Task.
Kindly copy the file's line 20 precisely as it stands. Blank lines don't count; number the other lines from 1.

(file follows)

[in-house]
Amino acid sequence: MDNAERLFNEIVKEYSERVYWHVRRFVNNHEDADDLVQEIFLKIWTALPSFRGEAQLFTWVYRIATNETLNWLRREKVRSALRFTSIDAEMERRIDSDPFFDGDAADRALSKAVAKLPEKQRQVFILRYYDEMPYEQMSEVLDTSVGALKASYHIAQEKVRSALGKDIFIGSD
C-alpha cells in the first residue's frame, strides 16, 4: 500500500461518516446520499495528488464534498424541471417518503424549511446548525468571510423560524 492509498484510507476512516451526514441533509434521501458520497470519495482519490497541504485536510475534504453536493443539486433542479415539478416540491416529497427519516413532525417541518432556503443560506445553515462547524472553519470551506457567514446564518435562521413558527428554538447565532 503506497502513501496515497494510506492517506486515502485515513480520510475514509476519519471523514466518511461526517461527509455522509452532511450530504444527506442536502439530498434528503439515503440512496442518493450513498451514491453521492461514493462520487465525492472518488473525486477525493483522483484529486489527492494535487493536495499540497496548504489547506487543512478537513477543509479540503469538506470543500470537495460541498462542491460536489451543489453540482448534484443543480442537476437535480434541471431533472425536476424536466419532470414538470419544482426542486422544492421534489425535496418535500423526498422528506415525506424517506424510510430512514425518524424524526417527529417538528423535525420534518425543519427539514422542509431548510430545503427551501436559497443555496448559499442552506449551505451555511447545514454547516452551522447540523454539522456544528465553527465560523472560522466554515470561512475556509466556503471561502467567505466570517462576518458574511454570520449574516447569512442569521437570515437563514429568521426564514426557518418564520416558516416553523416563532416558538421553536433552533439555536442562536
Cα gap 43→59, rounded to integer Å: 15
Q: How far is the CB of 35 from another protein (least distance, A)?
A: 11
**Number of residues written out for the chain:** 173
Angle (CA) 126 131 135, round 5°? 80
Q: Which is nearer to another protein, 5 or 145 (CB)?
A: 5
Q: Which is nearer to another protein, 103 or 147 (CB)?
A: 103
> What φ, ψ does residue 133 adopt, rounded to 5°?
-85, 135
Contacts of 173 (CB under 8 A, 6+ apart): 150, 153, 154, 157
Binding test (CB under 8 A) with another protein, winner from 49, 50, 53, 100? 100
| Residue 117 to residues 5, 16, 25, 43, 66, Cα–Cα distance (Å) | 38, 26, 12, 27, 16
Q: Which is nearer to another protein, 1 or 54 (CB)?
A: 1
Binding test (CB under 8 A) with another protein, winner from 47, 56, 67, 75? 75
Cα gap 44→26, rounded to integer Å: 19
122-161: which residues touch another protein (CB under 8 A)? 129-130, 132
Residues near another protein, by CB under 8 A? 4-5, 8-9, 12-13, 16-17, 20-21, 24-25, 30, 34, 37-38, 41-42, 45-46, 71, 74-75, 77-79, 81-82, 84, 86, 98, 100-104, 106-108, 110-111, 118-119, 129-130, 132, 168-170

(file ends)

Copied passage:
Binding test (CB under 8 A) with another protein, winner from 47, 56, 67, 75? 75